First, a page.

In a paper published in Scientific Reports by Nature, scientists from Surrey joined forces with Johns Hopkins University in Baltimore and the University of California to develop a material that has high stiffness and damping.
The team achieved this near impossible combination in a material by using 3D woven technical textile composite sheets, with selected unbonded fibres – allowing the inside of the material to move and absorb vibrations, while the surrounding material remains rigid.
Researchers believe their new material could usher in a new wave of trains, cars, and aircrafts, allowing customers to experience little to no vibration during their travels.
Dr Stefan Szyniszewski, lead author of the study and Assistant Professor of Materials and Structures at the University of Surrey, said: “The idea of a composite the resolves the paradox of stiffness and damping was thought to be impossible – yet here we are. This is an exciting development that could send shock waves through the car, train and aerospace manufacturing industries. This is a material that could make the vehicles of the near future more comfortable than ever before.”
Fig. 1: (a) 3D woven (3DW) lattice material is composed of Z- (green), warp (red) and fill (blue) wires; (b) Yellow color indicates the brazing locations (at the top and bottom). (c) Cross-section of 3D woven lattice with the stiff skeleton (the brazed portion on the top and bottom) and free lattice members in the core of the structure, (d) SEM image of the brazed top face, which confirmed metallurgical bonding of the metallic lattices.
The “residential phoneline” section of BT was operating a mixed X.25 and Ethernet environment. The goal for BT was to get rid of the X.25 WAN and have a direct IP connection to Loop Diagnostic Units (LDU). This would enable them to communicate with the exchanges at a much higher speed, allowing them to service their customers more efficiently and quickly. While moving to an IP Network, it was important not to replace all of the existing infrastructure that was not at the end of its lifecycle.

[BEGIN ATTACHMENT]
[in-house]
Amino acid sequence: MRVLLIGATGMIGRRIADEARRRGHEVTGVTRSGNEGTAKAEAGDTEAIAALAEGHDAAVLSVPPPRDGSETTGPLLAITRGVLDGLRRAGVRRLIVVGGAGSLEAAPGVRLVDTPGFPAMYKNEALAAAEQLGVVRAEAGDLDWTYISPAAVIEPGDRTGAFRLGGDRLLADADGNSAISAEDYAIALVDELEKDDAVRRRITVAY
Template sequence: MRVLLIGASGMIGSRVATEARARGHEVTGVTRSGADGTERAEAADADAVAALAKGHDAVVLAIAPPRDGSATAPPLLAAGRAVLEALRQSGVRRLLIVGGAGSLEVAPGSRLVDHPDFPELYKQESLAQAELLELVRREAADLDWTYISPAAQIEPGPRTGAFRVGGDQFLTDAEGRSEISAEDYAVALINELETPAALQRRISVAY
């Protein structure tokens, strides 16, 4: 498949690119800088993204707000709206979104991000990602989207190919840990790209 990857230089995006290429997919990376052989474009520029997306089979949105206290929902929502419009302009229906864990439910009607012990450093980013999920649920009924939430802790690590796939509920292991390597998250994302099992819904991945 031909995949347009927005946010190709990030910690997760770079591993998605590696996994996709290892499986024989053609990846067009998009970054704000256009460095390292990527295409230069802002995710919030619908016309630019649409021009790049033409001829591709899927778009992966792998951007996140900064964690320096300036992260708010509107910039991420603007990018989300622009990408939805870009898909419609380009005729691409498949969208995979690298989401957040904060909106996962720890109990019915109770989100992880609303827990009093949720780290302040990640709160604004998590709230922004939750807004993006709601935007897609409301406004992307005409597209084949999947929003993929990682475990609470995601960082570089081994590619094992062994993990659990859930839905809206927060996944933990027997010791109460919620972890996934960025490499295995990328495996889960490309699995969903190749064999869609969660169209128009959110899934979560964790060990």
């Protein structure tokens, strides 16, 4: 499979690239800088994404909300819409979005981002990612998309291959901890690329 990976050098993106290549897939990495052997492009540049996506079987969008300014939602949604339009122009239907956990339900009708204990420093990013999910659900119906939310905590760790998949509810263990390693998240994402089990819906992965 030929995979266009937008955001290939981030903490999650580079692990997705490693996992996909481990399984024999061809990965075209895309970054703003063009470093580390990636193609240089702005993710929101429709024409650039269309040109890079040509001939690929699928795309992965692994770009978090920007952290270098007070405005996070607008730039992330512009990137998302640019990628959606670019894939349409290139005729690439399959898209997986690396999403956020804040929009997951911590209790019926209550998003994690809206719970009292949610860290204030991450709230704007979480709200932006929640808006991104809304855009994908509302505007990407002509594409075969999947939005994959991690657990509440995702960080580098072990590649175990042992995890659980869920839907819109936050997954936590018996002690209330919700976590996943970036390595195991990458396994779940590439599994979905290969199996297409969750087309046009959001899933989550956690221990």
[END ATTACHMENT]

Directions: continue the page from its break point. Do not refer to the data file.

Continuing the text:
A residential customer reports that their phone line appears not to be working. At BT’s headquarters a test of the line, via the exchange, is initiated. To test a phone line engineers connect to a LDU (Loop Diagnostic Unit) at the exchange that checks the line. This first check indicates whether the line is clear and operating or whether further investigation is required and an Engineer needs to be dispatched.
This initial check was previously done across the X.25 Network. A user on a remote network opened an application, entered an IP address and a port number, and sent a command to an LDU across the LAN and then through X.25 pads to a serial connection on the LDU. The LDU communicates via a serial link to request the specific line to test. The HQ gives the LDU the line or a batch of lines, the LDU tests and feeds back to the user on the LAN.
BT wanted a direct IP connection to the LDU, replacing the X.25, which would enable them to communicate with the exchanges at a much higher speed, allowing them to service their customers more efficiently and quickly. There was no requirement to replace the LDU, as this had not reached the end of its lifecycle. However there was a need to be able to access it over Ethernet, securely and remotely.
Most exchange sites have one LDU. Some have more than one requiring a higher number of serial ports. Each LDU has 4 serial ports, consisting of an admin port, a port to the exchange, an Xserver port, and a serial port for Ethernet Connectivity.
Working closely with Perle Systems, a suitable product from the IOLAN Terminal Server range was quickly identified. The selection process focused on key requirements including:
Redundancy – a backup feature to support the LDU’s in the event of loss of power
Security – meeting BT’s “Safe to Connect” Standard
Support – local UK based support.
IOLAN STS 8 DC Terminal Servers were installed at the Exchange sites, and connected to the LDU’s.
IOLAN Terminal Servers from Perle Systems helped BT keep their LDU’s while accessing them over IP remotely.
o meet the redundant power requirement, Perle IOLAN STS8 DC Terminal Servers were connected to 2 fused 50v feeds generated by a dedicated Wind Farm with a centralised earth going into the primary and secondary DC power inputs. The dual feed DC IOLAN Terminal Servers from Perle operate so that in the event the primary power source is depleted, the IOLAN pulls power from the secondary source and is able to switch back and forth as necessary, thereby ensuring continuous operation.
In addition, after extensive testing, Perle IOLAN STS Terminal Servers underwent and passed BT’s “Safe to Connect” requirements, which is a series of requirements more stringent than normal Telco testing would require. The whole of the IOLAN STS Terminal Server range was tested and met the various standards needed.
IOLAN STS DC Rack Terminal Server is available with 4, 8 or 16 RS232 RJ45 Ports, 10/100/1000 Ethernet, Dual Feed 48v DC power ( 36 to 72v DC range ) and an advanced security feature set.